National Science Foundation (NSF) is an independent Federal agency,
created by the National Science Foundation Act of 1950, as amended
(42 USC 1861-75). The idea of such a Foundation was an outgrowth of
the important contributions made by science and technology during
World War II. Its aim is to promote and advance progress in science
and engineering in the United States (US). From those first days,
NSF has had a unique place in the Federal Government: it is responsible
for the overall health of science and engineering across all disciplines.
In contrast, other Federal agencies support research focused on specific
missions such as health or defense. The Foundation is also committed
to ensuring the nationís supply of scientists, engineers and science
and engineering educators.
NSF funds research and education in most fields of science and engineering. It does this through grants and cooperative agreements to more than 2,000 colleges, universities, K-12 school systems, businesses, informal science organizations and other research institutions throughout the US. The Foundation accounts for about one-fourth of Federal support to academic institutions for basic research.
NSF receives approximately 30,000 proposals each year for research, education and training projects, of which approximately 10,000 are funded. In addition, the Foundation receives several thousand applications for graduate and post-doctoral fellowships. NSF grants are typically awarded to universities, colleges, academic consortia, non-profit institutions and small businesses. The agency operates no laboratories itself but does support National Research Centers, user facilities, certain oceanographic vessels and Antarctic research stations. The Foundation also supports cooperative research between universities and industry, US participation in international scientific efforts, and educational activities at every academic level.
NSF is structured much like a university, with grants-funding divisions for the various disciplines and fields of science and engineering and for science, math, engineering and technology education. NSF also uses a variety of management mechanisms to coordinate research in areas that cross traditional disciplinary boundaries. The Foundation is helped by advisors from the scientific community who serve on formal committees or as ad hoc reviewers of proposals. This advisory system, which focuses on both program directions and specific proposals, involves approximately 50,000 scientists and engineers each year. NSF staff members who are experts in a certain field or area make award recommendations; applicants get unattributed verbatim copies of peer reviews.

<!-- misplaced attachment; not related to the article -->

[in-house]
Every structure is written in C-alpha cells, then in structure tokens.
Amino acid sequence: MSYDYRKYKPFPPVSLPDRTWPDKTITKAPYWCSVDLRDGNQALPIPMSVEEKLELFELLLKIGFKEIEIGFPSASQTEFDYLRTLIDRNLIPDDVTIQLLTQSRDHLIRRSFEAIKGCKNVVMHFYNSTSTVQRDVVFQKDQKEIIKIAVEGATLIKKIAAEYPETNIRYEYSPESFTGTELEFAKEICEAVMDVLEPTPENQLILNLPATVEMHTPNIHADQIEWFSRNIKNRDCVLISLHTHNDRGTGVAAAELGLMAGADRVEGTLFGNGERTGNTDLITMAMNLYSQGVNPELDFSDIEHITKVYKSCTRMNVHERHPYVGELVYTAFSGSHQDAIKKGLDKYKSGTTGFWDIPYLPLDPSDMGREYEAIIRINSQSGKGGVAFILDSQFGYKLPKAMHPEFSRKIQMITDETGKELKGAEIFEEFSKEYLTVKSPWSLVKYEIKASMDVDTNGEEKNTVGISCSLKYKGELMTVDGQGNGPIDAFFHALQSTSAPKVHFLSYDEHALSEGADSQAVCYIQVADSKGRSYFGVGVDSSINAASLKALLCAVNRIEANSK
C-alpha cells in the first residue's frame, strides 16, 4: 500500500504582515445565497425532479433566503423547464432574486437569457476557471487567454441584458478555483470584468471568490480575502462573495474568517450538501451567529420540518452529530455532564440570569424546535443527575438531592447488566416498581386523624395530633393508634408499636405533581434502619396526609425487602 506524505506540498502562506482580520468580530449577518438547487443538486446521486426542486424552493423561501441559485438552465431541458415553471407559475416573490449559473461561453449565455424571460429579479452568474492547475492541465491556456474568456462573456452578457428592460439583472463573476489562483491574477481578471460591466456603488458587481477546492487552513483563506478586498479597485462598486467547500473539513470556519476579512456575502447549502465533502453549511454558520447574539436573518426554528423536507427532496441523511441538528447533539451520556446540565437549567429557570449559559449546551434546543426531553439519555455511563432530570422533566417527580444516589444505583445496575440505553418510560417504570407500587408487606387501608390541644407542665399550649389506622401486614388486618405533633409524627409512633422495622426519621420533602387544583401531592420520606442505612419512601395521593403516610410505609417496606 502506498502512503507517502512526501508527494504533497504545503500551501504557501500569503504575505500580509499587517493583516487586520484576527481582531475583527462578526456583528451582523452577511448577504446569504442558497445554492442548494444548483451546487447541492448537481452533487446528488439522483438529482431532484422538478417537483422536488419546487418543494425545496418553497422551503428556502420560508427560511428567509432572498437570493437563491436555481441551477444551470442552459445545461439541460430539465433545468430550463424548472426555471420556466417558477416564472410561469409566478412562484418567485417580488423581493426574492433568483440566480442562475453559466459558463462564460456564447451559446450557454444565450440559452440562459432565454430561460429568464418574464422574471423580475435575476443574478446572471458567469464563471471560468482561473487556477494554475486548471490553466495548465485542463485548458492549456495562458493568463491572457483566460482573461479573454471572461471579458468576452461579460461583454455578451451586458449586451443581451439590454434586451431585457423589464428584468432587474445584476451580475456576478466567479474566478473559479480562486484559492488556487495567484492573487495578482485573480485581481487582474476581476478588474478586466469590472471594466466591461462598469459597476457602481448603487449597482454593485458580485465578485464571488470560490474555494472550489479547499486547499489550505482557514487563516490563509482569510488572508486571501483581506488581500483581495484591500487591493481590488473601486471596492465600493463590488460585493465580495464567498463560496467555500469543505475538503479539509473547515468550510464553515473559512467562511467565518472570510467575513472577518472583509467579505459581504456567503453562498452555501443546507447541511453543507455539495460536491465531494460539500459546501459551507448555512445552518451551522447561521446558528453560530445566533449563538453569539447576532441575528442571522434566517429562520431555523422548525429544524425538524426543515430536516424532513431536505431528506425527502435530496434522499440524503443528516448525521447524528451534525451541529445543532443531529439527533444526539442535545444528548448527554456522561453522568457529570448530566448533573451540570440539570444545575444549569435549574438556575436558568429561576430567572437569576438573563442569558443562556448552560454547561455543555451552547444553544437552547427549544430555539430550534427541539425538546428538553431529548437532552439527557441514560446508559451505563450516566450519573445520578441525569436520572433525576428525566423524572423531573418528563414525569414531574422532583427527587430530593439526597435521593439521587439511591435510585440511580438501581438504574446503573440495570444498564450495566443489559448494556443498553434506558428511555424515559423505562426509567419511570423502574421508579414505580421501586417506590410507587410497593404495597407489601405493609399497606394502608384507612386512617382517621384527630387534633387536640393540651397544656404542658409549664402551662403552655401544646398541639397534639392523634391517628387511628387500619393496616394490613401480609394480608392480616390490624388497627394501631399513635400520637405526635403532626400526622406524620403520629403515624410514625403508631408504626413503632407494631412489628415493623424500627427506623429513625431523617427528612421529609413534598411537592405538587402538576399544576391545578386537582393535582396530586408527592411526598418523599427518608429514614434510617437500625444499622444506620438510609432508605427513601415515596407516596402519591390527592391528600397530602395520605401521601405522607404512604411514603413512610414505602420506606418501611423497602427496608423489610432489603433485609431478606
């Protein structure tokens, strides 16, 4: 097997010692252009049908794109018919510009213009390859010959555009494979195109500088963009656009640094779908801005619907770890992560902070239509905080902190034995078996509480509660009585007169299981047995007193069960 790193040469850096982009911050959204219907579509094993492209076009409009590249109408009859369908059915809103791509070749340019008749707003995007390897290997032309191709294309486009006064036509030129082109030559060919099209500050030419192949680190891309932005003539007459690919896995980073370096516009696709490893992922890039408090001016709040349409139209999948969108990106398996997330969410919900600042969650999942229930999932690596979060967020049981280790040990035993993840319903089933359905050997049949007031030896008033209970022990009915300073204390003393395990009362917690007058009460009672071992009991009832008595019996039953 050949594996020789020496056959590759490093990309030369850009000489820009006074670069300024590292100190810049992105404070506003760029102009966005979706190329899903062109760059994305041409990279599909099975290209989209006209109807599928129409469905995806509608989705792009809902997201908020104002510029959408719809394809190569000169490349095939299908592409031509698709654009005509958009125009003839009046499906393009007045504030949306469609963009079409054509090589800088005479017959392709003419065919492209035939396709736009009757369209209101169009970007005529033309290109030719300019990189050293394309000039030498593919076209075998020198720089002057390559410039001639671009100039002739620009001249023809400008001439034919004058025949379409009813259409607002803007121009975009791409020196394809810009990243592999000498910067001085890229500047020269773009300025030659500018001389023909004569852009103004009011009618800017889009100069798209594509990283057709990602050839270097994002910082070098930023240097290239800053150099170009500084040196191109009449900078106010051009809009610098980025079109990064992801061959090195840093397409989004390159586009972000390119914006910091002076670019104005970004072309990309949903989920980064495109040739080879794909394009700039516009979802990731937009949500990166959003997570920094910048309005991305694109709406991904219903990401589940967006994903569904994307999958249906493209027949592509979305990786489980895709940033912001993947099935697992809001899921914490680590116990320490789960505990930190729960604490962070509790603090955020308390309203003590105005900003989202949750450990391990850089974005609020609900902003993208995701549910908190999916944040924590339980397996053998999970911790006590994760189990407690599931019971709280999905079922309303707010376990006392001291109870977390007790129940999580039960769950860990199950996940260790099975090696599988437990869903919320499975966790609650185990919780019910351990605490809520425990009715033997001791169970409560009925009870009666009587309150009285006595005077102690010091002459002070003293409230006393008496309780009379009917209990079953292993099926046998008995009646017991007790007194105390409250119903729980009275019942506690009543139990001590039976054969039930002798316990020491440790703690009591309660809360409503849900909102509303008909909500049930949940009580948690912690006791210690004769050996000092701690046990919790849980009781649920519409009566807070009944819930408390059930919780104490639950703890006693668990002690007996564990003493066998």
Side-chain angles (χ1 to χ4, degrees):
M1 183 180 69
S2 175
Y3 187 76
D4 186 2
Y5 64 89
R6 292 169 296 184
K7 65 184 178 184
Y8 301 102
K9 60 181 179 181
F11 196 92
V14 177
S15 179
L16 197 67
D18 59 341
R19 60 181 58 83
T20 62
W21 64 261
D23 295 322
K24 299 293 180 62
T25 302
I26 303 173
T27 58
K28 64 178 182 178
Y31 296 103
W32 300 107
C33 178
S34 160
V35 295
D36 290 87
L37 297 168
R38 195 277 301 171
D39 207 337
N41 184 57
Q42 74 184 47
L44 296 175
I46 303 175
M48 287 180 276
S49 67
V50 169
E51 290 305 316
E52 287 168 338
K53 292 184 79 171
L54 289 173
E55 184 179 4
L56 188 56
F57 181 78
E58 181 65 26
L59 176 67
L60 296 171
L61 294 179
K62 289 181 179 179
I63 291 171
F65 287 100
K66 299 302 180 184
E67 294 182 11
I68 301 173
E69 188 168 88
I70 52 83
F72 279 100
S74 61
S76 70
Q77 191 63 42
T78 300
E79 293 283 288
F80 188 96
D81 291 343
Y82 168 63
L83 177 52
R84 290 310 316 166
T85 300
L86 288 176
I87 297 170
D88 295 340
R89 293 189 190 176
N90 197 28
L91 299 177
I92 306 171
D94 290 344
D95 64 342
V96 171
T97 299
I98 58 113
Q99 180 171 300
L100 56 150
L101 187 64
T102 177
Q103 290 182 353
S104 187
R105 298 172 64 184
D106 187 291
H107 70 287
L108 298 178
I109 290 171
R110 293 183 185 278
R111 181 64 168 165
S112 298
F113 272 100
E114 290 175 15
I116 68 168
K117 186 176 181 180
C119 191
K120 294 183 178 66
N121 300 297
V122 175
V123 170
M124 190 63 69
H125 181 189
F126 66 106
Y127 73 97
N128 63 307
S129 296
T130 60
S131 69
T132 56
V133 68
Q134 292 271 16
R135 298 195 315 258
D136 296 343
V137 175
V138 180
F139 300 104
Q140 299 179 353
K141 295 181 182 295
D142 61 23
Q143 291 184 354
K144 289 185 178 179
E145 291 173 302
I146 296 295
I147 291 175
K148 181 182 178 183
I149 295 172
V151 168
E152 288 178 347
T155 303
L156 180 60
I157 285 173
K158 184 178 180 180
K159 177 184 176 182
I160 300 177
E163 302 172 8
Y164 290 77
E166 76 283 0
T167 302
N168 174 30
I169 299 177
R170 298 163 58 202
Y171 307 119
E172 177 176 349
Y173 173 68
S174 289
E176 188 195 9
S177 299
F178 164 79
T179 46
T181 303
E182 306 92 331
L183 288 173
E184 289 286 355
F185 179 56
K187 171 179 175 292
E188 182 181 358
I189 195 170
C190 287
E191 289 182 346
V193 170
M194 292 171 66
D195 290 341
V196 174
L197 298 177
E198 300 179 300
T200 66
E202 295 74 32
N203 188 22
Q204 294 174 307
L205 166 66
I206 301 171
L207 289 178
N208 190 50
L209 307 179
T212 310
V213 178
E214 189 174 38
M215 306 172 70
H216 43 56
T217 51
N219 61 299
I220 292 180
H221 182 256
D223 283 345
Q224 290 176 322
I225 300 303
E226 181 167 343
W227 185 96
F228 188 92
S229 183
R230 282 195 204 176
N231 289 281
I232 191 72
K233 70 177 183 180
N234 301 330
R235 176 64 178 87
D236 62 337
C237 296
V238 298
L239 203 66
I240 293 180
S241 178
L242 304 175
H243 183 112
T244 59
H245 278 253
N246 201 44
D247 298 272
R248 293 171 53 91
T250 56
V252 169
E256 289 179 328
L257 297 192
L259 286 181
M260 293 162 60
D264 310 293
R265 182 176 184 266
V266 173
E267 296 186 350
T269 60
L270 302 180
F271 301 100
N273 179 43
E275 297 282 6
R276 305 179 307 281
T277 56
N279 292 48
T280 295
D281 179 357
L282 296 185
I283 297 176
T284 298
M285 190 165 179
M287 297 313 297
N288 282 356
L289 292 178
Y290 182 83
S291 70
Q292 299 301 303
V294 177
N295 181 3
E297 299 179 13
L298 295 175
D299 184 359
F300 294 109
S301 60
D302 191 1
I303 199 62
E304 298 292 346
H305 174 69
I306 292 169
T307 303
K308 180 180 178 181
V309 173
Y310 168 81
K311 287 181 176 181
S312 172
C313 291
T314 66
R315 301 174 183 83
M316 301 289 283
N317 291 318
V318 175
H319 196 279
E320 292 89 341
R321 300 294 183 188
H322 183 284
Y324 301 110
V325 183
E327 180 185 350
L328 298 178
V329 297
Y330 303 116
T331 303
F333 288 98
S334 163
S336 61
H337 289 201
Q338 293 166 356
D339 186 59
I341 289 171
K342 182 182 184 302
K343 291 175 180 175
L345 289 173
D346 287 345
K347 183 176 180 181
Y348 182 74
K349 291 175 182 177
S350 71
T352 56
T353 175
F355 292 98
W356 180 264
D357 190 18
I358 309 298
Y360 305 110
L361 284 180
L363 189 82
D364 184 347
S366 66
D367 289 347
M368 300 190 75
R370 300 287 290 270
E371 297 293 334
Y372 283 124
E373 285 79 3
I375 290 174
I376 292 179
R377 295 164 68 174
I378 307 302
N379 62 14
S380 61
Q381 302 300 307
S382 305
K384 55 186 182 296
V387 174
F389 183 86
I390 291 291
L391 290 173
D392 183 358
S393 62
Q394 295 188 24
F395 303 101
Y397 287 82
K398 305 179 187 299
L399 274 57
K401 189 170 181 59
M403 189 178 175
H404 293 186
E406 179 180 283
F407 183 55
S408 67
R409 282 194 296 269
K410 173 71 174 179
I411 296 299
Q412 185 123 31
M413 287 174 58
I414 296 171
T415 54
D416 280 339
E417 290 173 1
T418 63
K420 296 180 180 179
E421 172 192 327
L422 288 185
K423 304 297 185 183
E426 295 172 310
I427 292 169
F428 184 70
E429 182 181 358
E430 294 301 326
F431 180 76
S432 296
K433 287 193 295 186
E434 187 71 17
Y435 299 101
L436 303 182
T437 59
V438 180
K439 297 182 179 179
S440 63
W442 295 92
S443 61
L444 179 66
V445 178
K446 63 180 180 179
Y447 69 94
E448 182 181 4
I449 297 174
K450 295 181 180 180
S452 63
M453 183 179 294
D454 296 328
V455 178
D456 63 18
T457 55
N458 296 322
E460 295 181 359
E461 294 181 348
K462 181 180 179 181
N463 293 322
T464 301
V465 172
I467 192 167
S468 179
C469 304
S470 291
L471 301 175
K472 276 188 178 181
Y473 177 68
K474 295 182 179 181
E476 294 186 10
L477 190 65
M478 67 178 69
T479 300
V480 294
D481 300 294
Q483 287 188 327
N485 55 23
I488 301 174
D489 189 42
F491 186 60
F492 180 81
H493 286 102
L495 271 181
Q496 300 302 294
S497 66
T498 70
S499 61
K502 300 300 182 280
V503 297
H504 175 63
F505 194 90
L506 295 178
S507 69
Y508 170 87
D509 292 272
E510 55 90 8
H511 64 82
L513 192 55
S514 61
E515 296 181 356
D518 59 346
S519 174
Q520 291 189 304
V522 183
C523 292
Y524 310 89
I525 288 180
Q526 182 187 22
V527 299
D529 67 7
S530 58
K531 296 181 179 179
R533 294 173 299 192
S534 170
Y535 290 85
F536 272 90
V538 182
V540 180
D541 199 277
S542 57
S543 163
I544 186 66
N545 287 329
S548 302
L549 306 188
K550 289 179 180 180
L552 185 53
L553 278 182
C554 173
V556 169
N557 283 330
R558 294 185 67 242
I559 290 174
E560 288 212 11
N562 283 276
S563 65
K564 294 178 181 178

Grantees are wholly responsible for conducting their project activities and preparing the results for publication. Thus, the Foundation does not assume responsibility for such findings or their interpretation.
NSF welcomes proposals on behalf of all qualified scientists, engineers and educators. The Foundation strongly encourages women, minorities and persons with disabilities to participate fully in its programs. In accordance with Federal statutes, regulations and NSF policies, no person on grounds of race, color, age, sex, national origin or disability shall be excluded from participation in, be denied the benefits of, or be subjected to discrimination under any program or activity receiving financial assistance from NSF although some programs may have special requirements that limit eligibility.
Facilitation Awards for Scientists and Engineers with Disabilities provide funding for special assistance or equipment to enable persons with disabilities to work on NSF-supported projects. (For more information, see Section V.G.)
The National Science Foundation has Telephonic Device for the Deaf (TDD) and Federal Information Relay Service (FIRS) capabilities that enable individuals with hearing impairments to communicate with the Foundation about NSF programs, employment or general information. TDD may be accessed at 703.306.0090, FIRS at 800.877.8339.
Copies of this Guide (NSF 00-2) or the Proposal Forms Kit (NSF 00-3) (which is contained as part of NSF 00-2) are available electronically on the NSF Web site at:<http://www.nsf.gov/cgi-bin/getpub?gpg> in a variety of formats including: HTML, Microsoft Word, ASCII text, and Portable Document Format (PDF). Paper copies may be ordered from:
All NSF publications should be clear and understandable. If you have suggestions on how NSF can improve this or other NSF publications, please email: <firstname.lastname@example.org>.
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